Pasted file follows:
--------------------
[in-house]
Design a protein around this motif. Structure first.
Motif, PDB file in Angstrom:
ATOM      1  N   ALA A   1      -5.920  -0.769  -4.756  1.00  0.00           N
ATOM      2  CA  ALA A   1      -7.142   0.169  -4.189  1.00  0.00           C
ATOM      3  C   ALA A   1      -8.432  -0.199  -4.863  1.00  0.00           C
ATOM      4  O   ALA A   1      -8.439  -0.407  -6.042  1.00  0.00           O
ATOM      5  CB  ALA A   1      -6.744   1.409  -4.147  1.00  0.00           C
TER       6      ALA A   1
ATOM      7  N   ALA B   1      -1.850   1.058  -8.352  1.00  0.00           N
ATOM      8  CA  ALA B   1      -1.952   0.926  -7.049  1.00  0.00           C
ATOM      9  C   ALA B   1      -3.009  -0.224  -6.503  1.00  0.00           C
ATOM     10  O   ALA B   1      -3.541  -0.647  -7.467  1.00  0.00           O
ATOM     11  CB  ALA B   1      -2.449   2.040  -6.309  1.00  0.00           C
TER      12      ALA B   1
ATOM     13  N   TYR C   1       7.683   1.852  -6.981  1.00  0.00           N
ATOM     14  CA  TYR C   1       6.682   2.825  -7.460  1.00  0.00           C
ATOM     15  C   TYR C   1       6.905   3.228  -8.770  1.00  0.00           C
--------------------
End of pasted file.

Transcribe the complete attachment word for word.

[in-house]
Design a protein around this motif. Structure first.
Motif, PDB file in Angstrom:
ATOM      1  N   ALA A   1      -5.920  -0.769  -4.756  1.00  0.00           N
ATOM      2  CA  ALA A   1      -7.142   0.169  -4.189  1.00  0.00           C
ATOM      3  C   ALA A   1      -8.432  -0.199  -4.863  1.00  0.00           C
ATOM      4  O   ALA A   1      -8.439  -0.407  -6.042  1.00  0.00           O
ATOM      5  CB  ALA A   1      -6.744   1.409  -4.147  1.00  0.00           C
TER       6      ALA A   1
ATOM      7  N   ALA B   1      -1.850   1.058  -8.352  1.00  0.00           N
ATOM      8  CA  ALA B   1      -1.952   0.926  -7.049  1.00  0.00           C
ATOM      9  C   ALA B   1      -3.009  -0.224  -6.503  1.00  0.00           C
ATOM     10  O   ALA B   1      -3.541  -0.647  -7.467  1.00  0.00           O
ATOM     11  CB  ALA B   1      -2.449   2.040  -6.309  1.00  0.00           C
TER      12      ALA B   1
ATOM     13  N   TYR C   1       7.683   1.852  -6.981  1.00  0.00           N
ATOM     14  CA  TYR C   1       6.682   2.825  -7.460  1.00  0.00           C
ATOM     15  C   TYR C   1       6.905   3.228  -8.770  1.00  0.00           C